In February of 2009, the one-month culmination exercise known as Robin Sage stood between myself and the coveted Green Beret. I had spent the last two years suffering at the hands of battle-hardened Green Berets, who made it clear that we would be tested until the last minute of training. With two months left, the light at the end of the tunnel burned brightly. However, this training iteration would prove to be the most difficult and enlightening month of my life.
From the first day, it seemed as if the stars were aligned against me. I was the youngest and least experienced man on my team, so I was chosen for numerous leadership positions. It snowed multiple times, with temperatures frequently dropping into the 20’s. Every night I shivered underneath the stars, literally wondering if I might freeze to death. I suffered through a terrible case of gastroenteritis. At one point my team ran out of food for three days, and when we did eat, it was no more than 1,000 calories a day. Between the elements, physical exertion, illness, and lack of food, I lost almost 30 pounds during Robin Sage. Even after getting shot, I still use this period as a barometer for what a bad month looks like.
If these extrinsic factors were not enough, I was also plagued with self-doubt. I had made it through 22 months of training; however, I was untested and unsure of my ability to perform the duties of a Green Beret. My lack of self-confidence was apparent in my first two weeks. One day my instructor pulled me aside and asked me a question, “Flike, how do we learn?” I stared at him dumbfounded, afraid to answer the question. After a few seconds of silence, he said, “We learn by failing. We do. We fail. We learn. It is not about being right all the time, it is about going out there and making the best decision possible given the circumstances and then learning from the experience. Don’t be worried about making mistakes, those are inevitable – just don’t make the same mistake twice.” This three-minute conversation was not only a turning point in my military career but also my life.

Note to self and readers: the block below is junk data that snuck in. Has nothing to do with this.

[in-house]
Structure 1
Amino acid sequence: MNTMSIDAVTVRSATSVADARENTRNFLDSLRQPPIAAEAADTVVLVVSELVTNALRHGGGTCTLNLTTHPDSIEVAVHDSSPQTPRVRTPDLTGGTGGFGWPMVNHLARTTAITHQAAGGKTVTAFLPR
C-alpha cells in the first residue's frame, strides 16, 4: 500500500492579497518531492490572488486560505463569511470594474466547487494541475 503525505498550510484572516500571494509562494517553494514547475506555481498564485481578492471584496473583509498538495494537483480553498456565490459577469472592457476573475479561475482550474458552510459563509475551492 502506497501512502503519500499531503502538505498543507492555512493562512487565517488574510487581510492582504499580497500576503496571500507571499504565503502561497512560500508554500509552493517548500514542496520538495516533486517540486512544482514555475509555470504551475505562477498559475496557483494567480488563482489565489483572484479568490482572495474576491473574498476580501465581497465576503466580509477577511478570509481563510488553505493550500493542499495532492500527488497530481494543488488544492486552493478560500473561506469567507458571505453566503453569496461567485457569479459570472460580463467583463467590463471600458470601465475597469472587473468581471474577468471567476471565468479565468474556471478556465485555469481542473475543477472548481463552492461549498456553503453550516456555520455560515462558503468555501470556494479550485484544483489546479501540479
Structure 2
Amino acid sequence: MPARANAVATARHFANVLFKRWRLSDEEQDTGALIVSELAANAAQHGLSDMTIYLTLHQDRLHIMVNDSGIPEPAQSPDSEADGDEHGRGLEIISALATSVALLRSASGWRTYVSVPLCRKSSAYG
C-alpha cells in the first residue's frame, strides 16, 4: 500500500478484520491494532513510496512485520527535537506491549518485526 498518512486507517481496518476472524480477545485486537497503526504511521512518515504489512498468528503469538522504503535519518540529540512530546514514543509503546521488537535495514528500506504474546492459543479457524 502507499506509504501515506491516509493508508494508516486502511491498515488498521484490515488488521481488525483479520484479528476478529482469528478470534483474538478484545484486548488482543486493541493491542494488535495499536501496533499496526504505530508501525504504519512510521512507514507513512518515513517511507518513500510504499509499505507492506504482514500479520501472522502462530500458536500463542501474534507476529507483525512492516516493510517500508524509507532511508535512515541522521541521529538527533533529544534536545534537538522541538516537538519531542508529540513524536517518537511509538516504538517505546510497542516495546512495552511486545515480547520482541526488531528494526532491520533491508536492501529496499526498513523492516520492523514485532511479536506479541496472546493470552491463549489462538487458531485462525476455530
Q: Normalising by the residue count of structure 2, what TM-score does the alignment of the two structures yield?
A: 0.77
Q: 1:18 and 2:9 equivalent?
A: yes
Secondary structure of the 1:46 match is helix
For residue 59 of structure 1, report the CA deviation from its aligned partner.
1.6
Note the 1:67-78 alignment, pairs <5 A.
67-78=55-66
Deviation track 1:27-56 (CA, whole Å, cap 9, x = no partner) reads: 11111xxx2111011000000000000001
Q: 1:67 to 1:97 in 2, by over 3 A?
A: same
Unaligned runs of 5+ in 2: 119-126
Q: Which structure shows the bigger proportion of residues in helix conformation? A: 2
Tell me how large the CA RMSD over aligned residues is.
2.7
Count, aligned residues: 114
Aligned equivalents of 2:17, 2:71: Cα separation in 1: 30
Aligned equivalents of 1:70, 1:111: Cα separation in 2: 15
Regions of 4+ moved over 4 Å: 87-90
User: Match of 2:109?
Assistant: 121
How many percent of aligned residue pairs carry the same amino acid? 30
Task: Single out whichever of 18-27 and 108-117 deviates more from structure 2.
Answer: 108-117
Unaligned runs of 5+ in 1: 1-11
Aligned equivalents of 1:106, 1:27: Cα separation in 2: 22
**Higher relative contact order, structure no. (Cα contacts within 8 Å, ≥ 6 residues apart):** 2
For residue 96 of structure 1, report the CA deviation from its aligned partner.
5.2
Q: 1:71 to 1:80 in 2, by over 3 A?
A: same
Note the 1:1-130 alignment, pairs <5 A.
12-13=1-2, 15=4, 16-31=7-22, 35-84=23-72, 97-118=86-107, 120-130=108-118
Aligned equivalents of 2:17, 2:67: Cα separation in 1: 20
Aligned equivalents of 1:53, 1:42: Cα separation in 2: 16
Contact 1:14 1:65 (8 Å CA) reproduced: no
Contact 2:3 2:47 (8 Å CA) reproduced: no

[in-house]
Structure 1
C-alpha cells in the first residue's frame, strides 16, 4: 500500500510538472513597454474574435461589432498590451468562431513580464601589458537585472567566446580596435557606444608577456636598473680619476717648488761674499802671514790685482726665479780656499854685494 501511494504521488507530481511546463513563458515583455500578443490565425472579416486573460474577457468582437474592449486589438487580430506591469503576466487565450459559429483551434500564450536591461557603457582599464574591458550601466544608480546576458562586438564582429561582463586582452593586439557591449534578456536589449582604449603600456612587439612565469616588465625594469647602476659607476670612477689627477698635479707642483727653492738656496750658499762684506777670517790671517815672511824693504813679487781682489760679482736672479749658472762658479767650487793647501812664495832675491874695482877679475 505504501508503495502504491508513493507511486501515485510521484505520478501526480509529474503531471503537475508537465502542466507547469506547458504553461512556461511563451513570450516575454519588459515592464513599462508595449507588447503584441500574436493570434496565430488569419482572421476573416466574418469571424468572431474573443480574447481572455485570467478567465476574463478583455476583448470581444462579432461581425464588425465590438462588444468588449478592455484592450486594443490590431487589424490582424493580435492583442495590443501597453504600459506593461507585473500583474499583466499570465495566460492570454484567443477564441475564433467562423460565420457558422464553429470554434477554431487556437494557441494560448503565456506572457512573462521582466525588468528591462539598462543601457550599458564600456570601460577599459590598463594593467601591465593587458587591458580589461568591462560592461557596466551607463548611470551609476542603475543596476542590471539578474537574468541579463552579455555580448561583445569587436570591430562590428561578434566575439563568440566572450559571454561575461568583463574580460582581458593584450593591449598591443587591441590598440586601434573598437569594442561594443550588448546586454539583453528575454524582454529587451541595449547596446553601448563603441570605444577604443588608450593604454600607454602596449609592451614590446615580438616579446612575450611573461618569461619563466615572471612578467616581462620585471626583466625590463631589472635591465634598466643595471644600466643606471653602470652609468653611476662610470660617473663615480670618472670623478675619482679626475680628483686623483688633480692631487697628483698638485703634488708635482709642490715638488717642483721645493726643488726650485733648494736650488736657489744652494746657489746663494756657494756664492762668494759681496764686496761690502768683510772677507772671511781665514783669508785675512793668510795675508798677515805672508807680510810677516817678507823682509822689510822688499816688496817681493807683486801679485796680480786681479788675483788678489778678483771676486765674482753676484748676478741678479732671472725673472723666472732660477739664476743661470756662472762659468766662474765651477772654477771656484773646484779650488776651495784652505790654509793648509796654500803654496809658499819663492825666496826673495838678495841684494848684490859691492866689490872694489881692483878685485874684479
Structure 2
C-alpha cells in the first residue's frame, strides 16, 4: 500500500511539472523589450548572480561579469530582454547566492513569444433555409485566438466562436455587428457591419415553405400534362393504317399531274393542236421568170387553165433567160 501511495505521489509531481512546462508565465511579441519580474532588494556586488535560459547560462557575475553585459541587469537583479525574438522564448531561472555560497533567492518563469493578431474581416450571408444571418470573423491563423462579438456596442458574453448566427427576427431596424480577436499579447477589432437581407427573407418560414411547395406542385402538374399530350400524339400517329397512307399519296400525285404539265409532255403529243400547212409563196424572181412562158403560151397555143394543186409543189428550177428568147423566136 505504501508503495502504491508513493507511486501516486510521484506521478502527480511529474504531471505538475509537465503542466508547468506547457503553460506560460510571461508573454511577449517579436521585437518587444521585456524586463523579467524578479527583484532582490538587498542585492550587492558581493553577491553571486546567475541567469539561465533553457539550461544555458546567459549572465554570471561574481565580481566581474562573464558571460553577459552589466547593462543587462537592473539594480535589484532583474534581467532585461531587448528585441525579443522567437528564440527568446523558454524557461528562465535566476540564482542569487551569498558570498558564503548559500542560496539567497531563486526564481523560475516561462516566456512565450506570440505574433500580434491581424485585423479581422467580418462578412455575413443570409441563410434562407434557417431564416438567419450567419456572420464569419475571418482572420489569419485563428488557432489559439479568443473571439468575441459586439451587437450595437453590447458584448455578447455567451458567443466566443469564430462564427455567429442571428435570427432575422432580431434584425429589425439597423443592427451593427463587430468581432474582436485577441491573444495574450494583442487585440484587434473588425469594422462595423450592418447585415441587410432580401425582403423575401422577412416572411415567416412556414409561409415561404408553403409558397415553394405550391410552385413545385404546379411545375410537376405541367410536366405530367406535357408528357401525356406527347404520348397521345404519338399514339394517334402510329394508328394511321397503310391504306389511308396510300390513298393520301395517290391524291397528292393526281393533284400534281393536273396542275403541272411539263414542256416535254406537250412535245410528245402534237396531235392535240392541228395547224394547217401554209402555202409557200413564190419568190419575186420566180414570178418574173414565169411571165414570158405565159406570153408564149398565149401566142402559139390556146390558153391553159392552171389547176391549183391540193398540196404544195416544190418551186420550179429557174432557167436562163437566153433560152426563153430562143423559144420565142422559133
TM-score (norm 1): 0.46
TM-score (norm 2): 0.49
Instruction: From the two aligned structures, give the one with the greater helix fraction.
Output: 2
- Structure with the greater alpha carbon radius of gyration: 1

The next two weeks were brutal but my instructor’s advice brought about new self-confidence. The pangs of self-doubt were replaced with conviction. When I stopped worrying about making mistakes, I made more sound and timely decisions. When I did have the occasional snafu, I learned lessons that ended up paying dividends on future combat deployments and I became a better leader in the process.
The fear of failing can paralyze both individuals and organizations. When you fear failure and mistakes, your ability to make timely decisions is thwarted and your creativity is subdued. However, a culture of “We do… We fail… We learn,” will empower your organization and give individuals the self-confidence to reach their highest potential. I am no longer worried about making mistakes or failing because I know the road to success is paved with setbacks that present me with a unique opportunity to learn and better myself.